We hit some pretty big hills and power up them. The Powderkeg climbs like a champ. George and I pedal and push. I'm amazed at how many riders we pass. My legs burn. I tell George, "We got it, Baby." I don't want him to know how much it hurts to climb the hills. I say "Fuck yeah!" every hill we crest.

 We fly on the downhills. I tuck my legs in and get low. It is terrifying. We are bumping off roots and rocks. Some of the descents go into a sharp turn. George handles the bike flawlessly and gets us through every one. 

 We pedal on. George tells me we are about to climb Misery Hill. I look up and see the sign for Misery Hill. Then I steal a glance ahead and see it. It's a steep, rocky ascent. We hit it and try to keep our momentum going. The rocks are slick from the rain and the wheels have a hard time finding traction. Riders are getting off their bikes and walking. We lose our momentum and have to walk too. It is exhausting. Trying to scramble up the rocks and mud and push the bike on legs that don't want to keep moving isn't easy. My heart is racing and I am having a hard time taking a breath. But we keep moving forward. We reach the top and I think the worst is over. But the rocks and mud continue. We bike as much as we can. I am so scared. I lock down on my thoughts and clear my head. All I can do is keep pedaling. I hear George say, "I just want to get out of this." I know he is working physically and mentally to keep us upright and safe. I want to reach out and touch him to let him know I believe in him but I'm too scared to release my death grip from my handlebars. 

 We finally get out of the rocks. We leave the dirt and hit road. We get moving. I look at my watch and see our pace is over 28mph. We fly past other riders and George cheerfully yells out, "Hop on!" I see a rider as we pass look over at us and hear him yell to his friend, "Get on the back of that fucking tandem!" We become a freight train. I look back and see a line of riders drafting off us. The sound of us moving at such a fast pace is incredible. The hum of the wheels on the road is exhilarating. 



Drafting Photo by Sarah Hardy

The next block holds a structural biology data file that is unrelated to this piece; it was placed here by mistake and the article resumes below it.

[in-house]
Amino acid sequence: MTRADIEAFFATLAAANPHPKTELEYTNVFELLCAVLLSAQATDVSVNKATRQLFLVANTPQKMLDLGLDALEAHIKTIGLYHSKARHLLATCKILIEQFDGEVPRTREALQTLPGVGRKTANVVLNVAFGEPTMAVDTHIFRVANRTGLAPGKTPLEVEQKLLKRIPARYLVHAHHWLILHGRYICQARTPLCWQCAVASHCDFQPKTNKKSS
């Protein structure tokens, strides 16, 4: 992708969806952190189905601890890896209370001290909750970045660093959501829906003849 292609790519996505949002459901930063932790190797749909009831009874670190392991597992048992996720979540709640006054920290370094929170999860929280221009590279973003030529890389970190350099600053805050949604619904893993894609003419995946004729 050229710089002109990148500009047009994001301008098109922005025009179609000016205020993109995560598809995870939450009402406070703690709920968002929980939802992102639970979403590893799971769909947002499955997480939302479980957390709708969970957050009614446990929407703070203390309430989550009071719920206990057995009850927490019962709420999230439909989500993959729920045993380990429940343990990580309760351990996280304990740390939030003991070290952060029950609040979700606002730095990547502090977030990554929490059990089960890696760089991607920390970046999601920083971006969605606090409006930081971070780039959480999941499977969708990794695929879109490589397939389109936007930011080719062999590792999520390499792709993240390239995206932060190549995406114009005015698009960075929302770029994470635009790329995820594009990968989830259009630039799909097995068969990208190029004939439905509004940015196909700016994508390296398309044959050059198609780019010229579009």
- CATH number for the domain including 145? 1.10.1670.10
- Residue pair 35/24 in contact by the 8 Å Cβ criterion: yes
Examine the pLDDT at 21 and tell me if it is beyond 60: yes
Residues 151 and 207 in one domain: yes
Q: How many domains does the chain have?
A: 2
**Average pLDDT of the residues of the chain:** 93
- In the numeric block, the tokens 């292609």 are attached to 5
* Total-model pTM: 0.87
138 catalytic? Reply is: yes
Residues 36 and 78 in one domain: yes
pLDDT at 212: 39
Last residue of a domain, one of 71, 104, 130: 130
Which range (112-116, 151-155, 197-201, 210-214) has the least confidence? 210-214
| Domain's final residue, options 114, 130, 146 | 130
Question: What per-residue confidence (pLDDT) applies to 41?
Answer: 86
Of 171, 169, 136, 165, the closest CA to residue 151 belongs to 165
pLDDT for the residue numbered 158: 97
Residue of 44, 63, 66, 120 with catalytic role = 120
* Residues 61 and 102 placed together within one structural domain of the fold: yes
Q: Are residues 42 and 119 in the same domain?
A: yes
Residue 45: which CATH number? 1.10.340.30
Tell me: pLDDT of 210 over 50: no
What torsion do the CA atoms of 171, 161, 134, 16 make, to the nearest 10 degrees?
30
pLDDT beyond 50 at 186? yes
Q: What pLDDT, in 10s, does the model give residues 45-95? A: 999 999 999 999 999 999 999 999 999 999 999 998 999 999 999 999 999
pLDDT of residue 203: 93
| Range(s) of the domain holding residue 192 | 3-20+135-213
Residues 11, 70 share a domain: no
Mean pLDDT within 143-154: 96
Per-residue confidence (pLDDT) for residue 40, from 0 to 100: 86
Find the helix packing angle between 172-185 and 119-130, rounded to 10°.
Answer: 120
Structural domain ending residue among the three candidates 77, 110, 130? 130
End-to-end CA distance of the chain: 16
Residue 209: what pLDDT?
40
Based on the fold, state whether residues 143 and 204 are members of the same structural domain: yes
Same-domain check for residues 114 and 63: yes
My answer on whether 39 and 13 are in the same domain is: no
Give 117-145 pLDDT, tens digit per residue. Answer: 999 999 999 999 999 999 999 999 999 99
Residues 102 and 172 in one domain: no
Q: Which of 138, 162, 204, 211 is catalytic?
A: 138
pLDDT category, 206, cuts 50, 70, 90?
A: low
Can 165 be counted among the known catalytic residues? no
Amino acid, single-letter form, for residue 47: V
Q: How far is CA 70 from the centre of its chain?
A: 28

Back on dirt. Our pace slows but we keep one rider with us. The rest of them pass. We climb and descend. We come to a downhill that is so fast and bumpy I close my eyes. I'm too scared to look. When we come out of it George says, "I couldn't see for part of it!" 

 The trails are still wet but they aren't as bad as the first part of the race. We keep pedaling. We pass riders who passed us. Going back and forth with them on the course. We still have the rider who decided to stick with us. Drafting us when we start going fast. He stays with us for quite awhile but eventually he leaves. 

 We are at the base of a hill. I peak to the side and see it's a long steep one. I'm exhausted but I keep my mouth shut and we begin the climb. It feels like we aren't making forward momentum. I push with everything I have. I want to throw up I'm working so hard. Then I hear it. A rider from behind starts screaming, "You got it tandem! Keep pedaling!" He hoots and hollers until we are at the top. He tells us there is one more hill then drops back to cheer on another racer. 

 We keep pedaling. At the final hill climb the rider who cheered us on reappears to give us our final encouragement. We tackle the climb and keep going.

 We finally shoot out of the single track and onto the road that will bring us to the finish. The road flies by under my feet. The grey blurring in my vision. I can hear the cheers of the crowd getting louder as we race to the finish. I look up for a moment and see my friends Kari and Darrell off to the side. Darrell shouts out and Kari's snapping pictures. 


Racing to the finish Photo by Kari Sheppman

 We are in the chute but we don't stop our speed. The announcer says the name of the rider who crosses before us, the crowd is cheering loudly. We are so close to the finish line and I finally sit up straight. I can see everything around me. It's no longer the greys and browns and blacks of the ground beneath my feet. I see the people clapping and yelling. I see the sky and I see the finish sign is overhead. 


Done Photo by Kari Sheppman